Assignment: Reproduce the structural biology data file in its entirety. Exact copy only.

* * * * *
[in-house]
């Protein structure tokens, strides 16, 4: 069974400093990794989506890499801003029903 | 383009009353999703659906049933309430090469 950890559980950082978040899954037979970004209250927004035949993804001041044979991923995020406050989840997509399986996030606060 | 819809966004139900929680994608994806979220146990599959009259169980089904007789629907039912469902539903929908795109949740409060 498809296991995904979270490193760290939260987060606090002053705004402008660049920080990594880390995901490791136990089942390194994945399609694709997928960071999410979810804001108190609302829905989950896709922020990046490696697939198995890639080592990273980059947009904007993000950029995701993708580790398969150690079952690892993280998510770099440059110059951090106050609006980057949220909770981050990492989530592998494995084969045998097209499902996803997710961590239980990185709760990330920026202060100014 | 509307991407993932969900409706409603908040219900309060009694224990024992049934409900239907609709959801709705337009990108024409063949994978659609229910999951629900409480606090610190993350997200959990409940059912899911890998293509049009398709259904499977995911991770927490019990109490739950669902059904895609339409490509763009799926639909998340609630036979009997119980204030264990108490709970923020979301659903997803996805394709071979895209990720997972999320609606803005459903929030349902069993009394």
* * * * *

[in-house]
């Protein structure tokens, strides 16, 4: 069974400093990794989506890499801003029903 | 383009009353999703659906049933309430090469 950890559980950082978040899954037979970004209250927004035949993804001041044979991923995020406050989840997509399986996030606060 | 819809966004139900929680994608994806979220146990599959009259169980089904007789629907039912469902539903929908795109949740409060 498809296991995904979270490193760290939260987060606090002053705004402008660049920080990594880390995901490791136990089942390194994945399609694709997928960071999410979810804001108190609302829905989950896709922020990046490696697939198995890639080592990273980059947009904007993000950029995701993708580790398969150690079952690892993280998510770099440059110059951090106050609006980057949220909770981050990492989530592998494995084969045998097209499902996803997710961590239980990185709760990330920026202060100014 | 509307991407993932969900409706409603908040219900309060009694224990024992049934409900239907609709959801709705337009990108024409063949994978659609229910999951629900409480606090610190993350997200959990409940059912899911890998293509049009398709259904499977995911991770927490019990109490739950669902059904895609339409490509763009799926639909998340609630036979009997119980204030264990108490709970923020979301659903997803996805394709071979895209990720997972999320609606803005459903929030349902069993009394």